Earlier this year, Steinberg sponsored an ordinance that would compel the city to build enough housing units or temporary shelters to accommodate everyone who needs them by 2023.

They’d have to come in if they had to choose between two available places to live or shelter. However, if those sites aren’t made available, the individual concerned may be able to bring legal action against the city.

Helping people get off the streets differs from counting people.

Mayor Darrell Steinberg of Sacramento

A legal assessment of the idea, which was received with heated criticism from some campaigners, is currently underway. In November, local residents may be asked to vote on two ballot measures that are very similar.

The goal is to remove the growing number of encampments emerging across the city, which are not only a nuisance to residents and businesses but also a danger to the people who live there. The city would have to drastically boost the number of indoor activities available to residents, something it has thus far failed to achieve.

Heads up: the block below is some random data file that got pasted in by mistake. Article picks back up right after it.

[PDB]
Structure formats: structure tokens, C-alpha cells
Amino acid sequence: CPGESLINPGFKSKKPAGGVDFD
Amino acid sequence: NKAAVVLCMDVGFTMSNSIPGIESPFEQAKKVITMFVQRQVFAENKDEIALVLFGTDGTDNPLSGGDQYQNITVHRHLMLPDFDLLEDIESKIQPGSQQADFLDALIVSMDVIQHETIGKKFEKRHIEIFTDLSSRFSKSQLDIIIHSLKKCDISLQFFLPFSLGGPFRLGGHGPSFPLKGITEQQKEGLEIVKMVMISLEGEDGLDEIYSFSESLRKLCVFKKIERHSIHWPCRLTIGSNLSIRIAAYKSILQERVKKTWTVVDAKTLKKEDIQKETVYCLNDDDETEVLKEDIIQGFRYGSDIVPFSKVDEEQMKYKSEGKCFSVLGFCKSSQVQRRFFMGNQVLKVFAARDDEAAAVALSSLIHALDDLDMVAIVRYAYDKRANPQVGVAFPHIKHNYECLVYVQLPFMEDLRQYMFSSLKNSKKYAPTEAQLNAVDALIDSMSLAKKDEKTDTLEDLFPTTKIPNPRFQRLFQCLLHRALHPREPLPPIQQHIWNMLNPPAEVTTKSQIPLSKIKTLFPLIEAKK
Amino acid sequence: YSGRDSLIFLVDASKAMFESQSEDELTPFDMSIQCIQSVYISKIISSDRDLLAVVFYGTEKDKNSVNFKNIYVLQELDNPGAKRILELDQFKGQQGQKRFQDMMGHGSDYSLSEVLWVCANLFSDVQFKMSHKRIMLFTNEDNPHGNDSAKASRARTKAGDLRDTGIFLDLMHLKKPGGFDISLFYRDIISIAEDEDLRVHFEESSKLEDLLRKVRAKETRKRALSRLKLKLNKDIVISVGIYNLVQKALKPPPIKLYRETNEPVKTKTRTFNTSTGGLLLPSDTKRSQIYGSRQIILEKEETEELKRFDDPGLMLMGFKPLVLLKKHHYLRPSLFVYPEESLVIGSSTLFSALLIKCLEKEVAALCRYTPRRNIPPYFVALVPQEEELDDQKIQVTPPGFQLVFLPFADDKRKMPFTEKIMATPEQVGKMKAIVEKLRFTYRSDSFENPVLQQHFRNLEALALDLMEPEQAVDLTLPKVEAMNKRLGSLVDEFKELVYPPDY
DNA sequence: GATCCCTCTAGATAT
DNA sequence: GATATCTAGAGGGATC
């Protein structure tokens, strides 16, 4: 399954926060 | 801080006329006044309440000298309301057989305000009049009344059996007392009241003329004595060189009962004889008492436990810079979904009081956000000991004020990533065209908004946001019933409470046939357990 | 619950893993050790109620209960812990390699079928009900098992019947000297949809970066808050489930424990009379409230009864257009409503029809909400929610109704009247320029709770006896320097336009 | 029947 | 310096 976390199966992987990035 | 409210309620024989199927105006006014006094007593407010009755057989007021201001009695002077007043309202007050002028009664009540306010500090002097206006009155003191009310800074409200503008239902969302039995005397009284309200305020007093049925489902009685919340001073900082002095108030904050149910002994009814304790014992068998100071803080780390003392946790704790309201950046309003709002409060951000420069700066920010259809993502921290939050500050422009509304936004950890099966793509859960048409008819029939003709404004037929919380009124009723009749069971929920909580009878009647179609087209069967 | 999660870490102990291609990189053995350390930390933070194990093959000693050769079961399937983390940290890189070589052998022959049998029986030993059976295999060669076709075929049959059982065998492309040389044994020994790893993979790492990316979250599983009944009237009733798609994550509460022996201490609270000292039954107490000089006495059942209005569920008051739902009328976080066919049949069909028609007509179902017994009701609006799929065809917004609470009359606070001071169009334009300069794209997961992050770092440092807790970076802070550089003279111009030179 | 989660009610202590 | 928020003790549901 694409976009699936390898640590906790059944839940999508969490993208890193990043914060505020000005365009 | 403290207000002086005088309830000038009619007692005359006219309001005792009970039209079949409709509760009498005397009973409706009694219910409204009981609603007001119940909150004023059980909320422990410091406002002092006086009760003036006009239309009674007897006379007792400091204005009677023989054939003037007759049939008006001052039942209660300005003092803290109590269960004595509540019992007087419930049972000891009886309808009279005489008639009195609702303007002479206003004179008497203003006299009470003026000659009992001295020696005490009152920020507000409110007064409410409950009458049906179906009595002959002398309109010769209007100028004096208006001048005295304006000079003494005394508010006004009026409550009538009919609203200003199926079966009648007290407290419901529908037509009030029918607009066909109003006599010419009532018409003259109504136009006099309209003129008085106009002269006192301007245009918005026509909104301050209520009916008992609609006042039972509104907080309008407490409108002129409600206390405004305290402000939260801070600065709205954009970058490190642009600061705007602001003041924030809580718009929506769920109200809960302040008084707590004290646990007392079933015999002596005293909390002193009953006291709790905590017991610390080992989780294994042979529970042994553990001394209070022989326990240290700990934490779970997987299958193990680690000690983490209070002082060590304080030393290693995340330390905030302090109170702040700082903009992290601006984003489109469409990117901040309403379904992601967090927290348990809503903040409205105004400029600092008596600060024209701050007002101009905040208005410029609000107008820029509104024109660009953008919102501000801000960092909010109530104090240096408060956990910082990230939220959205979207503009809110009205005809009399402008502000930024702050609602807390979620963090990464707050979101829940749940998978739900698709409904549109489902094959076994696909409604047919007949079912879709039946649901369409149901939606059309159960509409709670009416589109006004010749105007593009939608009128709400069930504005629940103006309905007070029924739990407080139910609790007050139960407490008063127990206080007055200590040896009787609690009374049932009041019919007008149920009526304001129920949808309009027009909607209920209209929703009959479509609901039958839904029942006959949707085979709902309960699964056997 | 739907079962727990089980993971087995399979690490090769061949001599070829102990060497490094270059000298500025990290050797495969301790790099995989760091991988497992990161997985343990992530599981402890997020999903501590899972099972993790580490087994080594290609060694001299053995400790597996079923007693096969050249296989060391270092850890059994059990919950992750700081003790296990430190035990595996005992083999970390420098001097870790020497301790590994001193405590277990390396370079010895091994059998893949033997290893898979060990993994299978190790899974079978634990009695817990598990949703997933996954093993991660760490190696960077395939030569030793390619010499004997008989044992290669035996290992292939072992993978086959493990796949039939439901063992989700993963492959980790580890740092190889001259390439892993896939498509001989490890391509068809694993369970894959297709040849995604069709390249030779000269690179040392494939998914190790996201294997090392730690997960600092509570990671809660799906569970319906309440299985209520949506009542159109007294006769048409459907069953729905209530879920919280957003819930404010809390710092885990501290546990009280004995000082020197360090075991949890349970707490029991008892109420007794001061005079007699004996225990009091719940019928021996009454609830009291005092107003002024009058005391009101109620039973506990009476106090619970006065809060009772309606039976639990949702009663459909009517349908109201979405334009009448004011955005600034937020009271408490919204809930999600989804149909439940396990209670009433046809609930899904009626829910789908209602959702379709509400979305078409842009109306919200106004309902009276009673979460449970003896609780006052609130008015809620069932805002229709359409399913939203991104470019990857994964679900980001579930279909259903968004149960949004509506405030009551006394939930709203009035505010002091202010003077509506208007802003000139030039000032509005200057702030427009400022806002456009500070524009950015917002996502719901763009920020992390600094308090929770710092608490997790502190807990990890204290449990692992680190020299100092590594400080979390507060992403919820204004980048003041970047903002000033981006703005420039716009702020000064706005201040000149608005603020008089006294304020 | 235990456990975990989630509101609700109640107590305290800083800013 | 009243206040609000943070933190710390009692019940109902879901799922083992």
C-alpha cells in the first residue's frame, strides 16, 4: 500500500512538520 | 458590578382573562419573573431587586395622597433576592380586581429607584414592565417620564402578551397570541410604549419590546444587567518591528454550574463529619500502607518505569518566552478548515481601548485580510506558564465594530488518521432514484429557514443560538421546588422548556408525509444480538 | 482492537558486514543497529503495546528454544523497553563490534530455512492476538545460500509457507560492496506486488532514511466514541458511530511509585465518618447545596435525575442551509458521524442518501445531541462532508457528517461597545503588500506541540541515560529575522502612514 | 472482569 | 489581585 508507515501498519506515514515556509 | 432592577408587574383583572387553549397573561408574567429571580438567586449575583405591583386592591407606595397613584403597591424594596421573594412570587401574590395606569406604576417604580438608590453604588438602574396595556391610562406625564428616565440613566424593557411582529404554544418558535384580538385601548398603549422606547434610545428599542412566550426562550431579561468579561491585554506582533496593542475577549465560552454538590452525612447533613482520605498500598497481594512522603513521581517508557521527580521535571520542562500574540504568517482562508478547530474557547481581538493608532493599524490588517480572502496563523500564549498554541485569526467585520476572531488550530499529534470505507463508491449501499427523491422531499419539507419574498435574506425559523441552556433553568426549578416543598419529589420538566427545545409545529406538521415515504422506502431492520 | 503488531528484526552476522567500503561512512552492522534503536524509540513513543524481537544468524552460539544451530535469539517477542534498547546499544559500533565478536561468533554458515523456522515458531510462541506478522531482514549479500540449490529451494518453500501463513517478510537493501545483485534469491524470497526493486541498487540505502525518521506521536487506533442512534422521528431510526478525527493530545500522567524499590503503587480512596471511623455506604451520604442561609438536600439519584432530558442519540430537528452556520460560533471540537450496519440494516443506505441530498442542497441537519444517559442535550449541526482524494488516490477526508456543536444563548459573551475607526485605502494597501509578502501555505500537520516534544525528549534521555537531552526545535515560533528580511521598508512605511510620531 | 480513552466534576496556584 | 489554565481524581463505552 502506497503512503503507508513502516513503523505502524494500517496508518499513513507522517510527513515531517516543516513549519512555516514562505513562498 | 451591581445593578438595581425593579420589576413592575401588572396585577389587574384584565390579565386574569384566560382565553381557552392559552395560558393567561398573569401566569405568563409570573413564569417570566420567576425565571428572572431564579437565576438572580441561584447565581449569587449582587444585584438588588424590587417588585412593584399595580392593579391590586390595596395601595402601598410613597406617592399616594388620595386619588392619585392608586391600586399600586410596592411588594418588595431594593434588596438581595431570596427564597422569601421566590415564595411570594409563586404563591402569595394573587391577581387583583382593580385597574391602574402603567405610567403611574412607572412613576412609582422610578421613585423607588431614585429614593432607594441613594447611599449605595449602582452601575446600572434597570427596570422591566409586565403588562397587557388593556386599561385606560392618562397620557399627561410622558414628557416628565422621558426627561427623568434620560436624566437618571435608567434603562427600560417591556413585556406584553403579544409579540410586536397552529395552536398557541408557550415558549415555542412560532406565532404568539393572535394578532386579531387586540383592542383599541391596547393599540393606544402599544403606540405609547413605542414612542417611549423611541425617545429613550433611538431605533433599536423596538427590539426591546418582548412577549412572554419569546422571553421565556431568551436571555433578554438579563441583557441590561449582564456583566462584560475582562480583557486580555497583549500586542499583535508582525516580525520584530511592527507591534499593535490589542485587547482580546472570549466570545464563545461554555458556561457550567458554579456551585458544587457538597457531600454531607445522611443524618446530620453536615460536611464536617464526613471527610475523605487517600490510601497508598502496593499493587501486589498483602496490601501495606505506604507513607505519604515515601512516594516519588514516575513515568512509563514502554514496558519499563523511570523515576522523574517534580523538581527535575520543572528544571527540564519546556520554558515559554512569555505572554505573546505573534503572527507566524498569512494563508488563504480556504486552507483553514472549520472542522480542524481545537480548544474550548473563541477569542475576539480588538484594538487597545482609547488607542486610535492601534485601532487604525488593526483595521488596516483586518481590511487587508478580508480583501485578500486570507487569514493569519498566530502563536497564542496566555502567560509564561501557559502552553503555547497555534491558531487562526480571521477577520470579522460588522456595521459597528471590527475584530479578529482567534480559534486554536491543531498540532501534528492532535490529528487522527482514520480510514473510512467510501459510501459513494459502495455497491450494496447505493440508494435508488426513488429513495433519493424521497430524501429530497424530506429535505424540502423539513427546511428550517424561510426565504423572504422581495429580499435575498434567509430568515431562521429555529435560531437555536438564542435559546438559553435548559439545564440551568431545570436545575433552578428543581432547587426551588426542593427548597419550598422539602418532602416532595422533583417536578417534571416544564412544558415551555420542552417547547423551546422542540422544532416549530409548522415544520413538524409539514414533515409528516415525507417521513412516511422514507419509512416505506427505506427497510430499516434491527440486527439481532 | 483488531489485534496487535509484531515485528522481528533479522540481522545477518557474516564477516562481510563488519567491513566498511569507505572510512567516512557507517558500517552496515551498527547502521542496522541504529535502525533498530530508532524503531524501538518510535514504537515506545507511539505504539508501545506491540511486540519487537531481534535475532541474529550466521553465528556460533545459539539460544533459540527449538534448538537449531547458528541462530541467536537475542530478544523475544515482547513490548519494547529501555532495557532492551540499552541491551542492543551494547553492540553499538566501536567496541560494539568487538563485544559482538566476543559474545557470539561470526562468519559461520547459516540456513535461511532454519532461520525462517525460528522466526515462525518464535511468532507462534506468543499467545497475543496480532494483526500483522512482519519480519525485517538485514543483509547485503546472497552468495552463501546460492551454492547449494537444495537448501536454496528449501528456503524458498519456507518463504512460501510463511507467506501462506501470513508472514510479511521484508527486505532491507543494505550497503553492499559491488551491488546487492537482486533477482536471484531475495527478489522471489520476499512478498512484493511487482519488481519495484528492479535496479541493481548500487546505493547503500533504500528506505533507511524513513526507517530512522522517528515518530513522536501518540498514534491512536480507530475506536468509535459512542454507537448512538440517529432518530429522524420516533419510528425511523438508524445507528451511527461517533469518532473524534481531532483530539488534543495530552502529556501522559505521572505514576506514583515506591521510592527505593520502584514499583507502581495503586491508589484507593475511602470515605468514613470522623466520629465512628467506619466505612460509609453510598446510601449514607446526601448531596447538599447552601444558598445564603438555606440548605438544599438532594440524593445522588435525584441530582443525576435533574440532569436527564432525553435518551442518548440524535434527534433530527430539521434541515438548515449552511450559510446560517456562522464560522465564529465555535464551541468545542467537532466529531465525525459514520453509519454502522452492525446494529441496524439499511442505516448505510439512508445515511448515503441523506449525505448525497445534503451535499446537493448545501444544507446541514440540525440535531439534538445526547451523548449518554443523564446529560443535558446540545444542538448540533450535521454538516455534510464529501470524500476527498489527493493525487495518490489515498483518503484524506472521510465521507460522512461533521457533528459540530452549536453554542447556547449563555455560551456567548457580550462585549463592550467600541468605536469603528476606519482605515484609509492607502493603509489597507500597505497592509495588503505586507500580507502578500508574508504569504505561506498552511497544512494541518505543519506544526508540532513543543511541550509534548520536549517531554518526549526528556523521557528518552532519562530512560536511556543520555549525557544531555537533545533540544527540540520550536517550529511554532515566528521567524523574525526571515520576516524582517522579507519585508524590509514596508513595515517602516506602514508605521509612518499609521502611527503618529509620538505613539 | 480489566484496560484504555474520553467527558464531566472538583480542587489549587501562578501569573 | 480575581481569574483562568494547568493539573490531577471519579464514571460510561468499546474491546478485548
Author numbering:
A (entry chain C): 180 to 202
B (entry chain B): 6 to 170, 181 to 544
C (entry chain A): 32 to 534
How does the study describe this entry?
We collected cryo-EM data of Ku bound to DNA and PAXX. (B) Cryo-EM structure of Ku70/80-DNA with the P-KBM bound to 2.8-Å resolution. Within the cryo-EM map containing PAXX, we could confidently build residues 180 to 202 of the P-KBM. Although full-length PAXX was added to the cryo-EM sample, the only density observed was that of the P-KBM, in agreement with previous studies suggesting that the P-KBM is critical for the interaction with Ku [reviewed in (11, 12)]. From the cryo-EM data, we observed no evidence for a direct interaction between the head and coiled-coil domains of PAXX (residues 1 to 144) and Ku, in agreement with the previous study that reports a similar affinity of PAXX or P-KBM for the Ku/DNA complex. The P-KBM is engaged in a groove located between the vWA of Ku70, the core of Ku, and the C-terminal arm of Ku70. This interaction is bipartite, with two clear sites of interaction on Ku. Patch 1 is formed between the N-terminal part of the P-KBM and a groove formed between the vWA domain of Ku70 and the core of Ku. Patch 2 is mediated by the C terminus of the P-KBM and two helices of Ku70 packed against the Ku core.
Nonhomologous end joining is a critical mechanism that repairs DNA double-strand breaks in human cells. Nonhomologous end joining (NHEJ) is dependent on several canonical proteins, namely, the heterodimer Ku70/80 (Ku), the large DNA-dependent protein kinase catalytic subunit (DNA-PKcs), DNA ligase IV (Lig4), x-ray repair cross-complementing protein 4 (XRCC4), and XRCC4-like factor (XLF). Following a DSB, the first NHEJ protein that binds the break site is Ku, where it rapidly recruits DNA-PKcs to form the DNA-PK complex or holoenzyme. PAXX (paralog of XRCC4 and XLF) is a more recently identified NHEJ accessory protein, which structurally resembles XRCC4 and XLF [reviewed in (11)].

At least one homeless campfire is reported to the Sacramento Fire Department every day, spokeswoman Keith Wade said. There are fewer fires that could have a significant impact on key infrastructure, he said.

The on-ramp had to be shut down “for a while” by CalTrans to ensure that it could hold up traffic in the future. Arson is a strong possibility, according to Wade’s assessment.

According to him, “It is not uncommon for one person facing homelessness to burn another’s personal belongings because it is the only thing they have left in this world.”

Vasquez, who was forced to flee the camp, has no idea what lies ahead for him. This man had been living in an apartment before becoming homeless but was unable to pay the rent because his housemates had left.

He inquired, “What can we do?” Make a fresh start with nothing. We started with nothing, and we’ll finish with nothing.”